Condition-specific index may give more sensitive hospital results than Deyo Comorbidity Index
THURSDAY, May 5 (HealthDay News) -- A condition-specific comorbidity index may be significantly better than the commonly used Deyo Comorbidity Index for adjusting mortality, morbidities, and hospital disposition measures, according to a study published in the April 20 issue of Spine.
Adam P. Goode, D.P.T., P.T., from Duke University in Durham, N.C, and colleagues investigated the effect of risk-adjustment methods on mortality and morbidity between teaching and nonteaching facilities, particularly in cases of perioperative spine infection after spinal surgery. They also developed a condition-specific risk-adjustment index, using data from the Nationwide Inpatient Sample (NIS), and evaluated this index against the Deyo Comorbidity Index, comparing them for routine discharge, length of stay, death, and total hospital charges, which were stratified according to the teaching status of each hospital.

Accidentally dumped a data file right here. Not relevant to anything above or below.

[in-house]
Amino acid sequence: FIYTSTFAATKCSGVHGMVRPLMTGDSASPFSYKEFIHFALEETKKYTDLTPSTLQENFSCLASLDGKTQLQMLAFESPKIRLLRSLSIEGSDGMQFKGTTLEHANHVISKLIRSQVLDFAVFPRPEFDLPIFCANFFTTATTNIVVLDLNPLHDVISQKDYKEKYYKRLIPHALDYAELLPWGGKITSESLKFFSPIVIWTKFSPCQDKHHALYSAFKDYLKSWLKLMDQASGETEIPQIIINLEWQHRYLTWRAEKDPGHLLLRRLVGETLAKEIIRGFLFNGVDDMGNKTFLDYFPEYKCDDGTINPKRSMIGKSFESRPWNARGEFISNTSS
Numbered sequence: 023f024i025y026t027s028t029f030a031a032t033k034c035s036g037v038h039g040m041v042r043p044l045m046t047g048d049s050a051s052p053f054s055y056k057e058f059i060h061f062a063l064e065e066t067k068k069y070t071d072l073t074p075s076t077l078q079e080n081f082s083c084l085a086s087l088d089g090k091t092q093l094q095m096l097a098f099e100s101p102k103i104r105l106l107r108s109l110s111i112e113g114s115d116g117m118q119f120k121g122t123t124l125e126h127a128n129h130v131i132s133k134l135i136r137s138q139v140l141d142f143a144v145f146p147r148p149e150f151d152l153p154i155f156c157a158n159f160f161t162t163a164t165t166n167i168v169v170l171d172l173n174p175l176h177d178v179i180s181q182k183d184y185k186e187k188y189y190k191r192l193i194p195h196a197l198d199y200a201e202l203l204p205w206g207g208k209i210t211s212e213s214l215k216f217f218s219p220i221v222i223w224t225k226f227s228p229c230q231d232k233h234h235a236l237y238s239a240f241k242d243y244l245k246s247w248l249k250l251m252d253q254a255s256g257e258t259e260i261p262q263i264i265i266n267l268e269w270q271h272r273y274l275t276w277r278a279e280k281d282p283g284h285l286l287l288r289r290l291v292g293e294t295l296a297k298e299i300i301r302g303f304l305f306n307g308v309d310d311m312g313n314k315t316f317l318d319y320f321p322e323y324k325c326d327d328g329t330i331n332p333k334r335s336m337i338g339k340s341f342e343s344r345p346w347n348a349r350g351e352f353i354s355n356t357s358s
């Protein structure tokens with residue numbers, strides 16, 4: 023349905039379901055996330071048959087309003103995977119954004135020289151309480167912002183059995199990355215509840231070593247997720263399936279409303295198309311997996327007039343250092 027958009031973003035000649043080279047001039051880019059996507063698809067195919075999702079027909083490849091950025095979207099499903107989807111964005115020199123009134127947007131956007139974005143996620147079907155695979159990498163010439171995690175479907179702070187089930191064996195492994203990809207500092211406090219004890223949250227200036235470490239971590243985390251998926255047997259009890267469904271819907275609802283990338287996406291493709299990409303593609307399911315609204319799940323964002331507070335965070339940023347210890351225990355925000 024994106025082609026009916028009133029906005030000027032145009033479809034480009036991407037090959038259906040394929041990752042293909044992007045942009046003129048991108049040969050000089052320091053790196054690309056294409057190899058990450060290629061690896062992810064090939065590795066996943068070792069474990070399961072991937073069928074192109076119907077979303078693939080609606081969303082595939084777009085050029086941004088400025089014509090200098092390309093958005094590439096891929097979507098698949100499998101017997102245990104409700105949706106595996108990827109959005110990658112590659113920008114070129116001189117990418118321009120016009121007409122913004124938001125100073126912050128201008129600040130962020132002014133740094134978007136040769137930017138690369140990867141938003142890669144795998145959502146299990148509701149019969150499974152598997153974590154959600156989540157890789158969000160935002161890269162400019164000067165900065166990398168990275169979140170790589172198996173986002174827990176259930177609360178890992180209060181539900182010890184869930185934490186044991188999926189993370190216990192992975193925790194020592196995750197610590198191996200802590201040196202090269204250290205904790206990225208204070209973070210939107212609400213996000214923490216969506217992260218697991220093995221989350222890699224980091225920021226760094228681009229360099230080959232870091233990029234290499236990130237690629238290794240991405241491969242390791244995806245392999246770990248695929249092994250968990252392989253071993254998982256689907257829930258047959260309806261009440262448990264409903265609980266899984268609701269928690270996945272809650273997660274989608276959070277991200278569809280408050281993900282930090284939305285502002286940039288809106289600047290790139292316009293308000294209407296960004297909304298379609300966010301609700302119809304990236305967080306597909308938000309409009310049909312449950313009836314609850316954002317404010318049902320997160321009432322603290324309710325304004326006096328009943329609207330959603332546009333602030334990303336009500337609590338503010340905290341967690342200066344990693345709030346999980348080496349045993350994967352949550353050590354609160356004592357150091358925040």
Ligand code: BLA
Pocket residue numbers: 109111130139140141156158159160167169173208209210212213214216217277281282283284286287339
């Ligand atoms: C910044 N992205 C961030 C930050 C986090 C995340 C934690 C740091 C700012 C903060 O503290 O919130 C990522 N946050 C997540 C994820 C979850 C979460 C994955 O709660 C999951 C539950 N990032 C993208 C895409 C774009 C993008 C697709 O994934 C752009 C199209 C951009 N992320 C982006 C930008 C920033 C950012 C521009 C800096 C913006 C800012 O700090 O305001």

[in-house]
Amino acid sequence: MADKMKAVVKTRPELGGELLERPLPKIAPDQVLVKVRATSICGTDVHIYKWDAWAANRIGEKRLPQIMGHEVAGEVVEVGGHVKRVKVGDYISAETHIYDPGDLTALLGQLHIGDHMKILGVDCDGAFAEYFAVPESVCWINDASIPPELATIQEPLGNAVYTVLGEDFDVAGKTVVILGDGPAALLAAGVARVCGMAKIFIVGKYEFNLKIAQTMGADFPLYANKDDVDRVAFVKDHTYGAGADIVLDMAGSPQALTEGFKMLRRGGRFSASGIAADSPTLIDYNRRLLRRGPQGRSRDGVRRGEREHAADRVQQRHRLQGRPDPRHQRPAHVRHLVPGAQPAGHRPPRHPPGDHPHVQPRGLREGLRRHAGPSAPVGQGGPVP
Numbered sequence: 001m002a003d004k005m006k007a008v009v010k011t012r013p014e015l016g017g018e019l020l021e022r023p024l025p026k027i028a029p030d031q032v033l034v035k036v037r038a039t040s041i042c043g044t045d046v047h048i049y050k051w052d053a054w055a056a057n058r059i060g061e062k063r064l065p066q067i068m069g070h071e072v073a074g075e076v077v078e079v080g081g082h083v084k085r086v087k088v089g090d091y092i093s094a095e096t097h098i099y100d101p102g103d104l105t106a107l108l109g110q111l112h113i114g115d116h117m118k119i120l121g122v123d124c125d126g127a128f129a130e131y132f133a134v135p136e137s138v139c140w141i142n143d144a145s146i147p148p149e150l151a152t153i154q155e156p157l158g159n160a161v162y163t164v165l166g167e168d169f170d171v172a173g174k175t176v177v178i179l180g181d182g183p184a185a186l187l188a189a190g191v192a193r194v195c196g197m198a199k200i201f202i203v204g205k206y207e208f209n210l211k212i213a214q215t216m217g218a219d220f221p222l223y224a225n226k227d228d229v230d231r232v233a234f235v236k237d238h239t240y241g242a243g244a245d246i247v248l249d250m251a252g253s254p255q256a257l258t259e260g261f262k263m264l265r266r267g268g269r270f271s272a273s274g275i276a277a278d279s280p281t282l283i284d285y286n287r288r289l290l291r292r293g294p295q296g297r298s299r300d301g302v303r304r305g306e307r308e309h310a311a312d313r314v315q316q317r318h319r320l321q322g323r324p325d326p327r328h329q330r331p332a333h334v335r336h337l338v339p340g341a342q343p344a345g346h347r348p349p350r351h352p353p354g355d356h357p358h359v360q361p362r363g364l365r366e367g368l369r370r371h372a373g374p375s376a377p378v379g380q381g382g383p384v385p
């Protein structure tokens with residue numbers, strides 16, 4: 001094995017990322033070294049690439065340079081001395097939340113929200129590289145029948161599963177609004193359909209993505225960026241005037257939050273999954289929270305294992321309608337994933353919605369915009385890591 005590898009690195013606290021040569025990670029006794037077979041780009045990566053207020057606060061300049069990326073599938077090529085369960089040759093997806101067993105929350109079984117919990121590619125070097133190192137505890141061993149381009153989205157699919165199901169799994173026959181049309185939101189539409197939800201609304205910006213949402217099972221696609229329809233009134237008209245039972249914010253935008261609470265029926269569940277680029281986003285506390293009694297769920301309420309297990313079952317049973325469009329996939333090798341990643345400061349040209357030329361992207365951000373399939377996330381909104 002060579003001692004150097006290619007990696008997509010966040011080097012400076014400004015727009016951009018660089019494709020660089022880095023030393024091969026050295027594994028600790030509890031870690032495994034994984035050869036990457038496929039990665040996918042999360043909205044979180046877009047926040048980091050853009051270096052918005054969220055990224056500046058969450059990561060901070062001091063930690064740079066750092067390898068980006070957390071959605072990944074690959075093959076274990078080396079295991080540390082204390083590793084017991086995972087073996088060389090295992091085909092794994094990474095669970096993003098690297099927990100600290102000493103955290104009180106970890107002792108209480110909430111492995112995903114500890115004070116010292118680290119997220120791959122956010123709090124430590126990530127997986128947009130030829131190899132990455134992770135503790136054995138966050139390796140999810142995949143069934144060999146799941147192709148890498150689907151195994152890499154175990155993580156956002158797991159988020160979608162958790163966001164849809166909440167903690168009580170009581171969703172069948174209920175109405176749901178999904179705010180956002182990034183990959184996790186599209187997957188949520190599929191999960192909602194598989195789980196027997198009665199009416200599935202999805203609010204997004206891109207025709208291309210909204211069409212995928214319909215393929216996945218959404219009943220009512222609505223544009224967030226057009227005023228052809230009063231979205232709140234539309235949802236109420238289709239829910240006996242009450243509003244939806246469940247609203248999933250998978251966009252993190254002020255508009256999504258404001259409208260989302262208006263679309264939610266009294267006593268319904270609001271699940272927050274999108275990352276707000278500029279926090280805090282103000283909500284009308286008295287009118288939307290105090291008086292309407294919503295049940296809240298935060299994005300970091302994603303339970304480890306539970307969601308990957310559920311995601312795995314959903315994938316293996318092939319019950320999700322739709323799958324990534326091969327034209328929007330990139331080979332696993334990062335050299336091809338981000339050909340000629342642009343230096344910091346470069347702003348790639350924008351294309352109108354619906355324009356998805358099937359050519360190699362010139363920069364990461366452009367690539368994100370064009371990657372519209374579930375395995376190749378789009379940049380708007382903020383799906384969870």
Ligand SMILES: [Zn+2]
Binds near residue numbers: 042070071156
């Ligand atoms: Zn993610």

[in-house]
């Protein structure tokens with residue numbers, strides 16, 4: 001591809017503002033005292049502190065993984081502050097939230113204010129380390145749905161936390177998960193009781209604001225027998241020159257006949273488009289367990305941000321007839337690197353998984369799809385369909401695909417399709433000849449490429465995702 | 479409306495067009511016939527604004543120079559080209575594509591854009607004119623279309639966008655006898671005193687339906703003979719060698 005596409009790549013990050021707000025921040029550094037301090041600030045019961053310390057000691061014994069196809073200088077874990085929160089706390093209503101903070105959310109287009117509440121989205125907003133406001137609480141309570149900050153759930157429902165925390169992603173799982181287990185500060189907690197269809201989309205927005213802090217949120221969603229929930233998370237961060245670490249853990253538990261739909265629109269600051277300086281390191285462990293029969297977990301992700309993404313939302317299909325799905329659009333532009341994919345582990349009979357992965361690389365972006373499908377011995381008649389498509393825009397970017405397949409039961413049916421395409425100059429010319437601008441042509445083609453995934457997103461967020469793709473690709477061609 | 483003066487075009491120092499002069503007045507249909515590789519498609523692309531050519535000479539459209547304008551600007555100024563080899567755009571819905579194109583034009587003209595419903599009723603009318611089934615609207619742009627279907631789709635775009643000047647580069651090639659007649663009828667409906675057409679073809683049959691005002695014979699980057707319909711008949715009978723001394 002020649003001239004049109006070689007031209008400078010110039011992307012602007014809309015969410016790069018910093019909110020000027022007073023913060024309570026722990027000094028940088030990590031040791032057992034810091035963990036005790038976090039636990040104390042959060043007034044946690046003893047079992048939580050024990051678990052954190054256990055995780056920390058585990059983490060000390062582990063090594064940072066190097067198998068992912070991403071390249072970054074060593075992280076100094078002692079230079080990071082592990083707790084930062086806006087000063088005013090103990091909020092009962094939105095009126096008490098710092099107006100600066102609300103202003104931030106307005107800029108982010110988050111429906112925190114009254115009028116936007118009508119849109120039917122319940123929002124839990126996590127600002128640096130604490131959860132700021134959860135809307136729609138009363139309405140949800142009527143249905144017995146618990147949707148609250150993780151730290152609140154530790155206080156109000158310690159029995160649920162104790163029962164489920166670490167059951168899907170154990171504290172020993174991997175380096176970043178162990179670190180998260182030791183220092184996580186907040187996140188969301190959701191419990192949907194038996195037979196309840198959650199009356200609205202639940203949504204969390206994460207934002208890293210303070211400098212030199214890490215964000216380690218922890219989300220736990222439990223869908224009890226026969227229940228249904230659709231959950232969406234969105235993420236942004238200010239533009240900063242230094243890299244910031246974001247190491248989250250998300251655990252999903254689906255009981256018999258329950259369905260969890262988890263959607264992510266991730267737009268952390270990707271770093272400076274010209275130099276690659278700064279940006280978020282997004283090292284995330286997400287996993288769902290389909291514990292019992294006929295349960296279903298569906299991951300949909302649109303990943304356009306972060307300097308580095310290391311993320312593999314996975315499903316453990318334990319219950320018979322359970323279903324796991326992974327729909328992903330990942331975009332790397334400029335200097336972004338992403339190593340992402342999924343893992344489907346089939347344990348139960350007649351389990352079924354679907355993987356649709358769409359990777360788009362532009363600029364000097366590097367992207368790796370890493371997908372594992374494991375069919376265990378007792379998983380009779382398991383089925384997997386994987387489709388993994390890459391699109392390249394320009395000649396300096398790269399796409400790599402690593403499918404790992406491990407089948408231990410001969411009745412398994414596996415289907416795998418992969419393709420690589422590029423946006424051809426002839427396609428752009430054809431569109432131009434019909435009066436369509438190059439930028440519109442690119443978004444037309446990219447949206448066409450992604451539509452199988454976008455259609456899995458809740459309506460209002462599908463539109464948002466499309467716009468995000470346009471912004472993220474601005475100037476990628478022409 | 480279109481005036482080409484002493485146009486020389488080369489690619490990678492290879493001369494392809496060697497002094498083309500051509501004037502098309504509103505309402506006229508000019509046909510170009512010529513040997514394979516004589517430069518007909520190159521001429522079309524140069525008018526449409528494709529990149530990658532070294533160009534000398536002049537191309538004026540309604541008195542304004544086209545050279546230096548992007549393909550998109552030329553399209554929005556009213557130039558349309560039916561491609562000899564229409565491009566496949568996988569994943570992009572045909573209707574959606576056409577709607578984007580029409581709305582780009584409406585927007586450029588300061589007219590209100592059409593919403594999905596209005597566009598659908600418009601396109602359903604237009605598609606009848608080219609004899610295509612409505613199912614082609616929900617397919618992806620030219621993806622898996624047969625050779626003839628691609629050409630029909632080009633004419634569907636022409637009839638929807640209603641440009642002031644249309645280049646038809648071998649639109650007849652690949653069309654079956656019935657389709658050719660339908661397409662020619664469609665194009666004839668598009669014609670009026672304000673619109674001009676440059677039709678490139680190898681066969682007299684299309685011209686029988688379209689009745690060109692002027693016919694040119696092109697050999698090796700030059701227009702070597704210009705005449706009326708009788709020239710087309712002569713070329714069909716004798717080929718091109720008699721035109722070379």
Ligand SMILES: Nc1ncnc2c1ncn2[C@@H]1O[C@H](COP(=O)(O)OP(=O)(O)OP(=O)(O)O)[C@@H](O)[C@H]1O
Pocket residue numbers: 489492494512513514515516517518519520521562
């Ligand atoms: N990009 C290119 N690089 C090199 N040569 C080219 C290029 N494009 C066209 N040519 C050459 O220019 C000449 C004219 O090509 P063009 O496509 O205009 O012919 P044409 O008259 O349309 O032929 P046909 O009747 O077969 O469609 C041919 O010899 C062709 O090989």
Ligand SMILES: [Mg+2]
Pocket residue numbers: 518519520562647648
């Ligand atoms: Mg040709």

The investigators identified 23,846 perioperative spinal infection events between 1988 and 2007 in 1,212,241 procedures from the NIS database. The condition-specific index included 23 diagnoses. There were significant variations between the Deyo and condition-specific index in total charges and length of stay at nonteaching hospitals, and in death, length of stay, and total charges for teaching hospitals.
"The findings suggest that the condition-specific index is more sensitive for adjusting mortality, morbidities, and hospital disposition measures, such as length of stay and total charges, but is similar to the Deyo Comorbidity Index in adjusting for mortality for nonteaching hospitals," the authors write.
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